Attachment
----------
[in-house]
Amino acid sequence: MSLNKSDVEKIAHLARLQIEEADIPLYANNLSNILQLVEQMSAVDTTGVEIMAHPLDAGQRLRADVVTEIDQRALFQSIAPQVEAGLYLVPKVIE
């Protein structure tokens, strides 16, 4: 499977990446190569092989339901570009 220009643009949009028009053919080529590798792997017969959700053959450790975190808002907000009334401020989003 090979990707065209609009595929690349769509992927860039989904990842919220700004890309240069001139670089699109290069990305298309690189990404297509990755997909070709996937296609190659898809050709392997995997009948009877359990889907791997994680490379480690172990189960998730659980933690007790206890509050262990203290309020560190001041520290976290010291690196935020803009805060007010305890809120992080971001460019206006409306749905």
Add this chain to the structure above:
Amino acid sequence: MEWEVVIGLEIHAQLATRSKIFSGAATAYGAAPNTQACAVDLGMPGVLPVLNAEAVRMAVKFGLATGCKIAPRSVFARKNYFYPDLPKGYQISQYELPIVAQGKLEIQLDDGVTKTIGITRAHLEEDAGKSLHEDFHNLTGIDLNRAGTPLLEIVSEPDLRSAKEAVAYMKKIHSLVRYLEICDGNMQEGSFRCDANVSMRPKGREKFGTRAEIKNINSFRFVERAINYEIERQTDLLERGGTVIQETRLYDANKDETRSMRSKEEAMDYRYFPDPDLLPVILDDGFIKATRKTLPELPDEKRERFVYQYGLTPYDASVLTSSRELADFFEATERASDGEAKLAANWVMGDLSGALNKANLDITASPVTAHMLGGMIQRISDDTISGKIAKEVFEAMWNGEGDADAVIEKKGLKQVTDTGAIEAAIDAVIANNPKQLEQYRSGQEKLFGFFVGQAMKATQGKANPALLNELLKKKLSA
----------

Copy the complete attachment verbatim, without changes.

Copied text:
[in-house]
Amino acid sequence: MSLNKSDVEKIAHLARLQIEEADIPLYANNLSNILQLVEQMSAVDTTGVEIMAHPLDAGQRLRADVVTEIDQRALFQSIAPQVEAGLYLVPKVIE
């Protein structure tokens, strides 16, 4: 499977990446190569092989339901570009 220009643009949009028009053919080529590798792997017969959700053959450790975190808002907000009334401020989003 090979990707065209609009595929690349769509992927860039989904990842919220700004890309240069001139670089699109290069990305298309690189990404297509990755997909070709996937296609190659898809050709392997995997009948009877359990889907791997994680490379480690172990189960998730659980933690007790206890509050262990203290309020560190001041520290976290010291690196935020803009805060007010305890809120992080971001460019206006409306749905």
Add this chain to the structure above:
Amino acid sequence: MEWEVVIGLEIHAQLATRSKIFSGAATAYGAAPNTQACAVDLGMPGVLPVLNAEAVRMAVKFGLATGCKIAPRSVFARKNYFYPDLPKGYQISQYELPIVAQGKLEIQLDDGVTKTIGITRAHLEEDAGKSLHEDFHNLTGIDLNRAGTPLLEIVSEPDLRSAKEAVAYMKKIHSLVRYLEICDGNMQEGSFRCDANVSMRPKGREKFGTRAEIKNINSFRFVERAINYEIERQTDLLERGGTVIQETRLYDANKDETRSMRSKEEAMDYRYFPDPDLLPVILDDGFIKATRKTLPELPDEKRERFVYQYGLTPYDASVLTSSRELADFFEATERASDGEAKLAANWVMGDLSGALNKANLDITASPVTAHMLGGMIQRISDDTISGKIAKEVFEAMWNGEGDADAVIEKKGLKQVTDTGAIEAAIDAVIANNPKQLEQYRSGQEKLFGFFVGQAMKATQGKANPALLNELLKKKLSA